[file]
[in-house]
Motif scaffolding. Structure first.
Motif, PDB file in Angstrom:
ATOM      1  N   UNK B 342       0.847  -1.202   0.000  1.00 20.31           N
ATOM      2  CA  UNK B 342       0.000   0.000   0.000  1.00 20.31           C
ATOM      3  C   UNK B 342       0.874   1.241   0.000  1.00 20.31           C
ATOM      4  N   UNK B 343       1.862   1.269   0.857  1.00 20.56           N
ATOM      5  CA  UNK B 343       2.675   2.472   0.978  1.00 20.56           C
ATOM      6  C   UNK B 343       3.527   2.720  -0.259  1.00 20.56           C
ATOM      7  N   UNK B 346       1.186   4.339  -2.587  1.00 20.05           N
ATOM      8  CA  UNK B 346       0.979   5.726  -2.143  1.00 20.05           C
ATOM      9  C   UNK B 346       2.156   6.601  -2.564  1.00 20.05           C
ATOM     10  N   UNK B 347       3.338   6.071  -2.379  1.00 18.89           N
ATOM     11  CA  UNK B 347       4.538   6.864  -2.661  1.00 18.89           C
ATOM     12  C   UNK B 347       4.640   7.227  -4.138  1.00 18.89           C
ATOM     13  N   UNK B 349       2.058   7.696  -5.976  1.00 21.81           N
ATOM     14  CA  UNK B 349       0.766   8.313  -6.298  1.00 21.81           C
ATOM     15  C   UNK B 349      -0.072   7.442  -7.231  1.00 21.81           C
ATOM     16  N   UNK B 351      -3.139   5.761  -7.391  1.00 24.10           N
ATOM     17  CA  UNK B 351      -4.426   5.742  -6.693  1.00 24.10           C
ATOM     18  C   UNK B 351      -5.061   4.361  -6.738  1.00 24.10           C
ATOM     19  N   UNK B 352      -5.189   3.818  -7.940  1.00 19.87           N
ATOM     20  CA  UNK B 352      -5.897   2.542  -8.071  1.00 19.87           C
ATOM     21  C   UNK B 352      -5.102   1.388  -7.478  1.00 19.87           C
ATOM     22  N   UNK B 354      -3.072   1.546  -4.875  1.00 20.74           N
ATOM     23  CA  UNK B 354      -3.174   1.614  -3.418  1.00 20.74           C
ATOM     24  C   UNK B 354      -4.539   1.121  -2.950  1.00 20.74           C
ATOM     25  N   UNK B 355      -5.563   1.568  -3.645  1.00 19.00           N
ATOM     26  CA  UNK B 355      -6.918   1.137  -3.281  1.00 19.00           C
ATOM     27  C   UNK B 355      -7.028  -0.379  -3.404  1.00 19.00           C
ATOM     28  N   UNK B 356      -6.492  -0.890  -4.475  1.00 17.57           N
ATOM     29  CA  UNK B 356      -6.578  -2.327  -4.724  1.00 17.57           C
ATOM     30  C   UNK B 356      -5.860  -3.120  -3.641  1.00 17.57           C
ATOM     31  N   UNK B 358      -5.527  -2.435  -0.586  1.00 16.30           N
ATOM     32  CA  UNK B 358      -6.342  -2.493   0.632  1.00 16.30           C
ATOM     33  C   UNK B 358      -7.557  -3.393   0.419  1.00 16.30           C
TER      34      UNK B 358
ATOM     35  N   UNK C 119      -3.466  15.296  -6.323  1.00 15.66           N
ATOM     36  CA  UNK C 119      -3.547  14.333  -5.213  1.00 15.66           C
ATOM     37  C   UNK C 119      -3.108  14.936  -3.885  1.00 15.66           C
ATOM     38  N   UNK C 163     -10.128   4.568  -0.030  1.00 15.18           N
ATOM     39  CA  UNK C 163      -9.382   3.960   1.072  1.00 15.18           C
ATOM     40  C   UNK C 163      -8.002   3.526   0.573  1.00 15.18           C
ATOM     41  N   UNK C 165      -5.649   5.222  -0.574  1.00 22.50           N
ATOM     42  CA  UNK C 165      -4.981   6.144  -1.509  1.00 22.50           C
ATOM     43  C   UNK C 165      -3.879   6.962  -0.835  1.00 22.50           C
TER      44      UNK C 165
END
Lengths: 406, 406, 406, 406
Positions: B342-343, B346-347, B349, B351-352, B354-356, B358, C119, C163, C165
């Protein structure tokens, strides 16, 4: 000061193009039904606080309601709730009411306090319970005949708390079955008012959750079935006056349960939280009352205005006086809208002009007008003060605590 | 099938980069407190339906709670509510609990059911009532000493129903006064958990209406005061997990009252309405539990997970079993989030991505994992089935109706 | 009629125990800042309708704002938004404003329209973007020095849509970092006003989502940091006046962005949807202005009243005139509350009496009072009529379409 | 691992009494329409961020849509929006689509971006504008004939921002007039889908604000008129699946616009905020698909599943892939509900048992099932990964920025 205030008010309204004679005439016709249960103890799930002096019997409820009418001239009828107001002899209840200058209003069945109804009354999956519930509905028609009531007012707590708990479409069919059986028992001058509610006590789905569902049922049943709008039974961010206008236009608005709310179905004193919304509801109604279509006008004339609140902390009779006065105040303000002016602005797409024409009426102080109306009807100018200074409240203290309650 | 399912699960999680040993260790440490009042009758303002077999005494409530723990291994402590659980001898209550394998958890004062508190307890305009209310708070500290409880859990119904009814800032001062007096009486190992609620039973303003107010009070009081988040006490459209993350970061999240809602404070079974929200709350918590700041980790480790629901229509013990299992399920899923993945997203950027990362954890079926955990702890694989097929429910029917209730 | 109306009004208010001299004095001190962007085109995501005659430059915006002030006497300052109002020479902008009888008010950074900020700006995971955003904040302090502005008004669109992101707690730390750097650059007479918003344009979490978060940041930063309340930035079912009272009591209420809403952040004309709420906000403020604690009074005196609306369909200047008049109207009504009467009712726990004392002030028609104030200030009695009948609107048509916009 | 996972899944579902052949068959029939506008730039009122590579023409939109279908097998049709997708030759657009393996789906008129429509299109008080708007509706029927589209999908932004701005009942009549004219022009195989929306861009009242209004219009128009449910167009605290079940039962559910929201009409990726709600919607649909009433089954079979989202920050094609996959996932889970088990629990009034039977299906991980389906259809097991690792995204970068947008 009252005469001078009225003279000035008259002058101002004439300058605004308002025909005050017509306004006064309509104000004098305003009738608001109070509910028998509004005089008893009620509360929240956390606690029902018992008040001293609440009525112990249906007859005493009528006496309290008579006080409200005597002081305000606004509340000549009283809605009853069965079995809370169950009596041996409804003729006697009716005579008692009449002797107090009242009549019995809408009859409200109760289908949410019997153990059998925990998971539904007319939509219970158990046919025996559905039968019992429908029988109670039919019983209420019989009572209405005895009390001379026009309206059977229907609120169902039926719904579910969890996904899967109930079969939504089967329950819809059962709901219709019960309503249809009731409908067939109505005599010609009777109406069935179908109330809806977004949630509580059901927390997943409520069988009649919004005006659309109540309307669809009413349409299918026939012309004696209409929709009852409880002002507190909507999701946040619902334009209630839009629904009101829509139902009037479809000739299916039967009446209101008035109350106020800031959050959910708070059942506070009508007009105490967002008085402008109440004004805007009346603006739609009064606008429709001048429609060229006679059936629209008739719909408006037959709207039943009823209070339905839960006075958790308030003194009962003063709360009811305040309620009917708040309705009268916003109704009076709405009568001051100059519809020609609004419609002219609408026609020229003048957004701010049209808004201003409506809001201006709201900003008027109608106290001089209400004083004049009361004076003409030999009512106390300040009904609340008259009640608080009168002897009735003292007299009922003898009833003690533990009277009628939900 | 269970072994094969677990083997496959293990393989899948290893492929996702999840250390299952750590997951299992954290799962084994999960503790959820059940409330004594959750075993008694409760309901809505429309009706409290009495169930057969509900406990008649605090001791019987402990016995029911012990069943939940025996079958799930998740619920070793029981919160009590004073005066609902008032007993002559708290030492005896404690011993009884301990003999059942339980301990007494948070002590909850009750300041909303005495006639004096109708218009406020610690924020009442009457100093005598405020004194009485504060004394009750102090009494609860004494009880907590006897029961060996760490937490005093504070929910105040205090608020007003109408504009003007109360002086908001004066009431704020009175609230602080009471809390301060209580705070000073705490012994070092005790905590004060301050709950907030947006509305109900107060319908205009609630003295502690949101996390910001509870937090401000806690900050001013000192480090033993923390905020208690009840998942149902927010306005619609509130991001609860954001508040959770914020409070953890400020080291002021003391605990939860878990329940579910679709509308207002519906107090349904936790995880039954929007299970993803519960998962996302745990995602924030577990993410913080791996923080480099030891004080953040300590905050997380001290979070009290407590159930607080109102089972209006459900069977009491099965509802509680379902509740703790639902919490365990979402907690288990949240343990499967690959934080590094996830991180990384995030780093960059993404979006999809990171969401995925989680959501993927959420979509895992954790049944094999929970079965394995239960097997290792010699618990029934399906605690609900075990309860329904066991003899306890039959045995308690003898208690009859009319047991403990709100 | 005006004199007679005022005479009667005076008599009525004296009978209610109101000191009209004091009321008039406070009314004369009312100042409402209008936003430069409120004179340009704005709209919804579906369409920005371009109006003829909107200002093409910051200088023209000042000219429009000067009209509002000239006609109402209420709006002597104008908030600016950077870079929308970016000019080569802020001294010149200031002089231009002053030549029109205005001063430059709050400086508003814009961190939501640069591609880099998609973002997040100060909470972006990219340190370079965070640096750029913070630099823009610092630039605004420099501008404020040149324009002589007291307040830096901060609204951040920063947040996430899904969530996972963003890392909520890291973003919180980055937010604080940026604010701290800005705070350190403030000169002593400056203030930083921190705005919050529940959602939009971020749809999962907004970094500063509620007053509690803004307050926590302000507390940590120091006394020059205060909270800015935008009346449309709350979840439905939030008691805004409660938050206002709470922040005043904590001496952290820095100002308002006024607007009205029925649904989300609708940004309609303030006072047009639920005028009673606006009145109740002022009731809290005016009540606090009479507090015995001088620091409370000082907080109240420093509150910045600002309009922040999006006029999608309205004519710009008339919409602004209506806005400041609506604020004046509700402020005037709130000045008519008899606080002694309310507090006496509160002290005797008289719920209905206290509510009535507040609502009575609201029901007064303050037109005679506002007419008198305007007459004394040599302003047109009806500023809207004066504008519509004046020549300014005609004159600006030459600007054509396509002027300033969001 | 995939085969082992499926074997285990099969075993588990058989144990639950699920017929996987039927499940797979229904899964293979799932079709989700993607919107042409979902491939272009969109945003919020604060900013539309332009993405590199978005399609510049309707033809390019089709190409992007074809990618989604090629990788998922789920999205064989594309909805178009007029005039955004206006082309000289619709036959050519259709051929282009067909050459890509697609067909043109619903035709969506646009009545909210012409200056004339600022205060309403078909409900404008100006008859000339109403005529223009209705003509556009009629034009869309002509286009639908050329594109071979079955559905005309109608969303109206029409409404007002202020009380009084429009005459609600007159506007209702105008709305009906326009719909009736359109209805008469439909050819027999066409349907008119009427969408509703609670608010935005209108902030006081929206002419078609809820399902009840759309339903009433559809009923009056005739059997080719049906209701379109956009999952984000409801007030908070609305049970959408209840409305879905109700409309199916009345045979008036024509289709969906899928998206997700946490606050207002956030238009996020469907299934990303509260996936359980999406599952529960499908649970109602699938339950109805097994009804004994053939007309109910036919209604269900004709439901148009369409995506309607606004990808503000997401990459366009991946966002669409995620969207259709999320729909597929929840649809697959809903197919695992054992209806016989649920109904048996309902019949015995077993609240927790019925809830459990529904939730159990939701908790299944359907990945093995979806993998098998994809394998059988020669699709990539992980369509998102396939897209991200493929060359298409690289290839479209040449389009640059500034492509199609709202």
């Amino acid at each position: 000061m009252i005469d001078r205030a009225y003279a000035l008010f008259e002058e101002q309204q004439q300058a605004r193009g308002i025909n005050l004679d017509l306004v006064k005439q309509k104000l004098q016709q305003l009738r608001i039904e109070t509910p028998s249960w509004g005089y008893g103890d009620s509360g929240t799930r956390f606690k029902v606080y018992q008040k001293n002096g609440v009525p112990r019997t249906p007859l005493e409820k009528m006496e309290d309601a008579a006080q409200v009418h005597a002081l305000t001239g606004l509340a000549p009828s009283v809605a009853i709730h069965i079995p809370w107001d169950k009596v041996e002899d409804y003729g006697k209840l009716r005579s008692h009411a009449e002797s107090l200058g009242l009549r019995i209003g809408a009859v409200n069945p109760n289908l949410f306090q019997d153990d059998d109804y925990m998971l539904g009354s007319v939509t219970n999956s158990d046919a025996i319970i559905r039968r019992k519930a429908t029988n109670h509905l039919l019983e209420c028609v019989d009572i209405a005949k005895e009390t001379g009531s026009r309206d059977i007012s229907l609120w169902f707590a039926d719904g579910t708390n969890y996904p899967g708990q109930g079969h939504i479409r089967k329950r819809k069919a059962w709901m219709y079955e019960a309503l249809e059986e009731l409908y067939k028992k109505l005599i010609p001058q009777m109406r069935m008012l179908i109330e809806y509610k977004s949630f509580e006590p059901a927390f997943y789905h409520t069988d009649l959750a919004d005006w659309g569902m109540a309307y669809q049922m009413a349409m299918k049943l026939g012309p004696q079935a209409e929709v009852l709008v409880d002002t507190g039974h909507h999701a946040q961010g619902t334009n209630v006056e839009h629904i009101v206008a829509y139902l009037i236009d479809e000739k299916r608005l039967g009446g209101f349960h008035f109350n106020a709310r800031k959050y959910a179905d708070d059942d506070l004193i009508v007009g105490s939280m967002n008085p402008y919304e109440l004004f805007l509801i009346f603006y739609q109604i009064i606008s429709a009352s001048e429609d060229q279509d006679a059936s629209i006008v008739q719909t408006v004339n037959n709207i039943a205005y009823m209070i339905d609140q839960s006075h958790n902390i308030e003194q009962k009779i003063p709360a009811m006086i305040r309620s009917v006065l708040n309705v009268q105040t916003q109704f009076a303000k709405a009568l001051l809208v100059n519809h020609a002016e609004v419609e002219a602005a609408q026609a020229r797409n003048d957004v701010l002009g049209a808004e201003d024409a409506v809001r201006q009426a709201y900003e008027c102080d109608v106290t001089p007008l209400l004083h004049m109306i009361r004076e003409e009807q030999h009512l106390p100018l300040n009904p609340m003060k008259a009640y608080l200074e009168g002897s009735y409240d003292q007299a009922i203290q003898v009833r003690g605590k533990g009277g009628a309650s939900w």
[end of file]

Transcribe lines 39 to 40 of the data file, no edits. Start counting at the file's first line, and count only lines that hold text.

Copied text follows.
ATOM     36  CA  UNK C 119      -3.547  14.333  -5.213  1.00 15.66           C
ATOM     37  C   UNK C 119      -3.108  14.936  -3.885  1.00 15.66           C